Seepage Analysis for Rock Tunnel Construction Based on Analytical Methods
Lanting WU1, Jianping SUN2#+
1China Communications Construction Company Limited (Singapore Branch), Singapore, 2CCCC-SJ PTE LTD, Singapore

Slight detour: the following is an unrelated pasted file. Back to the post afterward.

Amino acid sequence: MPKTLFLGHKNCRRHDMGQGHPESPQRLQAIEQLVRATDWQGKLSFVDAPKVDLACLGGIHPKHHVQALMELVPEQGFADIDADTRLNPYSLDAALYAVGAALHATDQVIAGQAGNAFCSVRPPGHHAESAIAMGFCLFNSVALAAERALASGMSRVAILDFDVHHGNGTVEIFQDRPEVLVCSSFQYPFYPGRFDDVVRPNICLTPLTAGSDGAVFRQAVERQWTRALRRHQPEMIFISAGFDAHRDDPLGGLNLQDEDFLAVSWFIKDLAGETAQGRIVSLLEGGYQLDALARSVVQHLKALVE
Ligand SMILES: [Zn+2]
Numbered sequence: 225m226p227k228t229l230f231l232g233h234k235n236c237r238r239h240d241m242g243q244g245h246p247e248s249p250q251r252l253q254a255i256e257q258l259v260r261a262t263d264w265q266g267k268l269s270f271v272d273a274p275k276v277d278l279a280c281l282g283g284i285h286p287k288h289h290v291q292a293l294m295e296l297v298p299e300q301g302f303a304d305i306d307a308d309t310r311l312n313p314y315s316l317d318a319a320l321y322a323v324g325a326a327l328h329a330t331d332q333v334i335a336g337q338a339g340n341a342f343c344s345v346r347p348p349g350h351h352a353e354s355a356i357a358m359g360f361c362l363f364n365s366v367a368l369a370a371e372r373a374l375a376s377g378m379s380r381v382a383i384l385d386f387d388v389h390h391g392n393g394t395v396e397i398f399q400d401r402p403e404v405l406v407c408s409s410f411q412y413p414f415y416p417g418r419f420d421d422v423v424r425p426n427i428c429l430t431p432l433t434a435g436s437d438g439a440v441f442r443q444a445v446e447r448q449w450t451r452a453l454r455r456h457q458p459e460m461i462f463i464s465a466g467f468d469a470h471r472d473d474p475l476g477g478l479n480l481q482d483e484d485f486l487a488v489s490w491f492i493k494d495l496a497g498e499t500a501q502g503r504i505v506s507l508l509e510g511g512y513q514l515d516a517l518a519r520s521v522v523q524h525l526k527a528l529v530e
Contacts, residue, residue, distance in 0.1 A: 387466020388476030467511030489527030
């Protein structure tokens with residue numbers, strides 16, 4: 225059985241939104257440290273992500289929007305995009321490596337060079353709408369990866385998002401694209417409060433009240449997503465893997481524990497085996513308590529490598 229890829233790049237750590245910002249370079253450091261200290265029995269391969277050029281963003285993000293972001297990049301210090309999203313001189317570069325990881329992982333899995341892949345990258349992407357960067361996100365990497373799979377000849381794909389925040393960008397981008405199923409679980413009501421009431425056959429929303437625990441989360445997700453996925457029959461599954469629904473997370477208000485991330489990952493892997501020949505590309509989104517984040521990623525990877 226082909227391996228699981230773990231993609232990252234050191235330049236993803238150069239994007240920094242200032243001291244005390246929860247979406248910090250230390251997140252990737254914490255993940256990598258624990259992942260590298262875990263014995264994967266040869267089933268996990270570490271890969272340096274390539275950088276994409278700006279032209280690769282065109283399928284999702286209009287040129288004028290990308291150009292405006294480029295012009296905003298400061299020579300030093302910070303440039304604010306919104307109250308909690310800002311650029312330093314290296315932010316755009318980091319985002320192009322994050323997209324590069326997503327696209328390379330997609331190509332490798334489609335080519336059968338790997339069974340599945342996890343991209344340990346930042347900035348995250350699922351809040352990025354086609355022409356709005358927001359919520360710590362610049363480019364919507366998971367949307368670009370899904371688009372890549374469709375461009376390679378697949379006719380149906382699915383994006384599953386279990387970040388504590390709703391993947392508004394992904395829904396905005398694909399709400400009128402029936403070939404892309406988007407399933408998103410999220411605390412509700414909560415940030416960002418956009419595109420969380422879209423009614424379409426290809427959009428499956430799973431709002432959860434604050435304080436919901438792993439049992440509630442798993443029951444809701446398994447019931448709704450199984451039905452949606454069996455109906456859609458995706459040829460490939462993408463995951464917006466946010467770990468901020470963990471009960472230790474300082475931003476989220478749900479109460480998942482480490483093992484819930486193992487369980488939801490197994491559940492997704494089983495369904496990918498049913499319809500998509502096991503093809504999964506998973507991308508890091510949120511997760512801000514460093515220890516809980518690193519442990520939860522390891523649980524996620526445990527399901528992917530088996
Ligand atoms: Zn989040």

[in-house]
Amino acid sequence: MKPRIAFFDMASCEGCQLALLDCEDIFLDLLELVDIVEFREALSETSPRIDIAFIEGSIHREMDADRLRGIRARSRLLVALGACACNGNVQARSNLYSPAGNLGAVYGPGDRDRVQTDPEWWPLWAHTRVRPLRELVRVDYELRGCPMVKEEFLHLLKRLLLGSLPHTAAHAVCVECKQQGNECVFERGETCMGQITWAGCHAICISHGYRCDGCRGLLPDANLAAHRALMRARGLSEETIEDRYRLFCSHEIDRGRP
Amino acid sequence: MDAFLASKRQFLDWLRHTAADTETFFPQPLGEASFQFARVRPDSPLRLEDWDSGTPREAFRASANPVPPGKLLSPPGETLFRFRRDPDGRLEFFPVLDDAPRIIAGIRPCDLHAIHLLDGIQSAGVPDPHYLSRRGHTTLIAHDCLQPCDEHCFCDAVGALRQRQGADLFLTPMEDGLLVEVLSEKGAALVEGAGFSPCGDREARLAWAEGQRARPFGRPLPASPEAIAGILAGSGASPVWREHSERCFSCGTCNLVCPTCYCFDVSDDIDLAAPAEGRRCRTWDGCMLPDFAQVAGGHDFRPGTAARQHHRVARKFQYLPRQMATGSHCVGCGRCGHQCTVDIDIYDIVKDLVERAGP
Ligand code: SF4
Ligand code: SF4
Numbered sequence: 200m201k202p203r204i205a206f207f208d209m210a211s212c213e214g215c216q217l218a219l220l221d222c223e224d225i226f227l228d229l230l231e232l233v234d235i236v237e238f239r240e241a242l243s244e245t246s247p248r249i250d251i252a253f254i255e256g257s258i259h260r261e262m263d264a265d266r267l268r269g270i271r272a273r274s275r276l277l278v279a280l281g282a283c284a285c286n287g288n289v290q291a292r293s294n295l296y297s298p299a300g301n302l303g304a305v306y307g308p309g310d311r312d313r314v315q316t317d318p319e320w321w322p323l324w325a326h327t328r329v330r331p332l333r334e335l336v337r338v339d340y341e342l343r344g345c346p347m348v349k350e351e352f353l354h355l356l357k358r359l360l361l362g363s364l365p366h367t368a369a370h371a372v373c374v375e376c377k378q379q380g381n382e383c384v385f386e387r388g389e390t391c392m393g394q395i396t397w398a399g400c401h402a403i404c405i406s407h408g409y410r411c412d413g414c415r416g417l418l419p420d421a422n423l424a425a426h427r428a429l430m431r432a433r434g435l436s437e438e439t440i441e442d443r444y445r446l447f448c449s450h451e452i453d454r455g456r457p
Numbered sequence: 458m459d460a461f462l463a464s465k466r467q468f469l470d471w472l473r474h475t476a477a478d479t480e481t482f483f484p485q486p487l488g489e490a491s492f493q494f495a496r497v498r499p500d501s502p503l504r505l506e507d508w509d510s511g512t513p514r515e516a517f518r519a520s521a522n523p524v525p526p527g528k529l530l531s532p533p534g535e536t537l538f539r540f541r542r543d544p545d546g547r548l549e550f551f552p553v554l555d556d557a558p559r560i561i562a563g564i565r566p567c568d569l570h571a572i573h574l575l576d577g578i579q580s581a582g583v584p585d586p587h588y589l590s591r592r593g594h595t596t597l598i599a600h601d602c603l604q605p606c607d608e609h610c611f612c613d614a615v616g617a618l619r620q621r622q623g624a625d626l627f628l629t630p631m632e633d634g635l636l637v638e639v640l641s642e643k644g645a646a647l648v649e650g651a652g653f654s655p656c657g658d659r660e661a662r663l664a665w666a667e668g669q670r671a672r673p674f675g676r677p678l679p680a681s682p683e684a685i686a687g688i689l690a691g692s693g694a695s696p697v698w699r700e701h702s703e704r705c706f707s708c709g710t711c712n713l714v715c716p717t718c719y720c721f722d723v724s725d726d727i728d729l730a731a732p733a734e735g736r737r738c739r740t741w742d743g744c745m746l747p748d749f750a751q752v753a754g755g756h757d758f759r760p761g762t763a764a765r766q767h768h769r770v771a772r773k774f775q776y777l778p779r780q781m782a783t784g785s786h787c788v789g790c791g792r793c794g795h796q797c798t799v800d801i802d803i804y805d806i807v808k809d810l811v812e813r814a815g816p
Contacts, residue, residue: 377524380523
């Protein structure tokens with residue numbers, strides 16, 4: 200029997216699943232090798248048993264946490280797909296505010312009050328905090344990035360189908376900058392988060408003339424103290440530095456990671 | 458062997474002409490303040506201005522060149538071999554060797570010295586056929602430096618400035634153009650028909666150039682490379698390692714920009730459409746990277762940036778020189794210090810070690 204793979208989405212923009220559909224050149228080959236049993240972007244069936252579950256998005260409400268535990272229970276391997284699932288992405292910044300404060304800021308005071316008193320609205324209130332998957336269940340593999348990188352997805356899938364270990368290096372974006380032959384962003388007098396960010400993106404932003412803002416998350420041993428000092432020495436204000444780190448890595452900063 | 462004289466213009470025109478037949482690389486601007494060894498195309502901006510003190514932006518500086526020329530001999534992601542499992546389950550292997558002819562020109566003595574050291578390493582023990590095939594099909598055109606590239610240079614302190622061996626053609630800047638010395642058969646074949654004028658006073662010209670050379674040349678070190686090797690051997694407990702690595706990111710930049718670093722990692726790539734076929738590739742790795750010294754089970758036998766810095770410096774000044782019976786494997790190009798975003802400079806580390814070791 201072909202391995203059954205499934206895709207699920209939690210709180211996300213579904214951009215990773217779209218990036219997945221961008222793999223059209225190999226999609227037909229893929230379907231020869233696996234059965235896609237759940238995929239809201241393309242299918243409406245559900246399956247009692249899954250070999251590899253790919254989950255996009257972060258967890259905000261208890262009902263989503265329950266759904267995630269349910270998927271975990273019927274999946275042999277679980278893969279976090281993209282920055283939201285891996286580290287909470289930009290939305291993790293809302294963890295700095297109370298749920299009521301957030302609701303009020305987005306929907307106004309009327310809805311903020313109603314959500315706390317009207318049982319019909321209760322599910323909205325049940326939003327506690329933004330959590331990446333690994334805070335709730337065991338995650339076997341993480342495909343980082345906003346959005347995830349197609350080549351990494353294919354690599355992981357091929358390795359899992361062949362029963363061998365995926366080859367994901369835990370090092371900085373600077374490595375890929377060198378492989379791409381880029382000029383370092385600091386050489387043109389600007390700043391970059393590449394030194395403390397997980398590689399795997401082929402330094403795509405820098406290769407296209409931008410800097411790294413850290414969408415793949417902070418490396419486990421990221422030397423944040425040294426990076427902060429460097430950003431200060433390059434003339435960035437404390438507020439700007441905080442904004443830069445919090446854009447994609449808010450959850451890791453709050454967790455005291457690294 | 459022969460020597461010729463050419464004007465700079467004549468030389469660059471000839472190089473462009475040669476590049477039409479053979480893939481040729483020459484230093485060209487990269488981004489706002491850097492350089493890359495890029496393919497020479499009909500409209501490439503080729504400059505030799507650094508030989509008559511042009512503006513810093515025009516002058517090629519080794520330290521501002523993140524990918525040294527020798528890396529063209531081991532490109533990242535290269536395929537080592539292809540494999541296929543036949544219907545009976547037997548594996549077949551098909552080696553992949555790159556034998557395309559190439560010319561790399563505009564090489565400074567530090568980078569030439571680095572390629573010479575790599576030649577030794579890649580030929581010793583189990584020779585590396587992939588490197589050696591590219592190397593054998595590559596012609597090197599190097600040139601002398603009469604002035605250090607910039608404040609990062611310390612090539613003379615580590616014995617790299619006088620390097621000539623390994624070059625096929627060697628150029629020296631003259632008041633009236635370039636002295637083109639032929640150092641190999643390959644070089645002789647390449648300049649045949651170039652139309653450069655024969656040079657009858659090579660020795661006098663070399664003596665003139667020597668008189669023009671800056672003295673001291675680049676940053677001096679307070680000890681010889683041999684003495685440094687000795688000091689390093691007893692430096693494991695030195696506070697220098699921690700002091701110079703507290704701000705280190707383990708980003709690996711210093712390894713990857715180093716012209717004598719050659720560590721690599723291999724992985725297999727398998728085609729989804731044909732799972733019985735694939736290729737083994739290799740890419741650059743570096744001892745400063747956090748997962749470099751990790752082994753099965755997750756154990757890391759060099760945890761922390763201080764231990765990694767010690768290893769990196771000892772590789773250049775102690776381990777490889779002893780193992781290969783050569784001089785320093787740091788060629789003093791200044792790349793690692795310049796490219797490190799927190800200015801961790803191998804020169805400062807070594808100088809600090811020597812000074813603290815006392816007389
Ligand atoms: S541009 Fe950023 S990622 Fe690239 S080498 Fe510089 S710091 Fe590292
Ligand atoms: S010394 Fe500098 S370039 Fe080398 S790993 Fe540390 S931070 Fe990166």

Rock tunnel/cavern excavation involves high risk of unforeseen ground conditions. One of the risks is the chance of hitting the water bearing zone. And rock grouting is considered as the most efficient method to reduce the water inflow. To determine whether rock grouting is needed, the probing should be carried out first. If the expected water inflow from probe hole is larger than the allowable maximum water inflow, the grouting will be carried out to achieve the strict requirement on the water inflow. After grouting, check hole(s) will be drilled on the same face and same length as the grouted hole. If water inflow is still higher than threshold value, grouting procedure will be repeated until to achieve the grout target. Although many researchers conducted studies related to water flow into subsea tunnel and rock grouting, the knowledge on the practical execution is still limited. Based on other researchers’ work, the analytical solutions of water flow for each step of subsea tunnel construction (i.e. probe hole, tunnel before grouting, tunnel after grouting and check hole) have been derived. Based on the study on these analytical solutions, the key findings are summarized as below: 1. The variation of water flow in probe hole is within 3% when the probe hole diameter increases from 48mm to 60mm, which means there is little influence of probe hole diameter change on the water flow into the probe hole. 2. The variation of water flow into probe hole can be up to 25% when the water pressure in probe hole increases from 0m water head to 12m water head, which means it is important to measure the water pressure and water flow quantities simultaneously. 3. There is a linear relationship for the water flow between probe hole and tunnel, which tally with the actual practice. 4. Decreasing the permeability of the grouted zone contributes to a decrease of the water inflow. However, when the permeability of the grouted zone decreases to a certain value, the water inflow is no longer decreased significantly, which tally with the practical experience.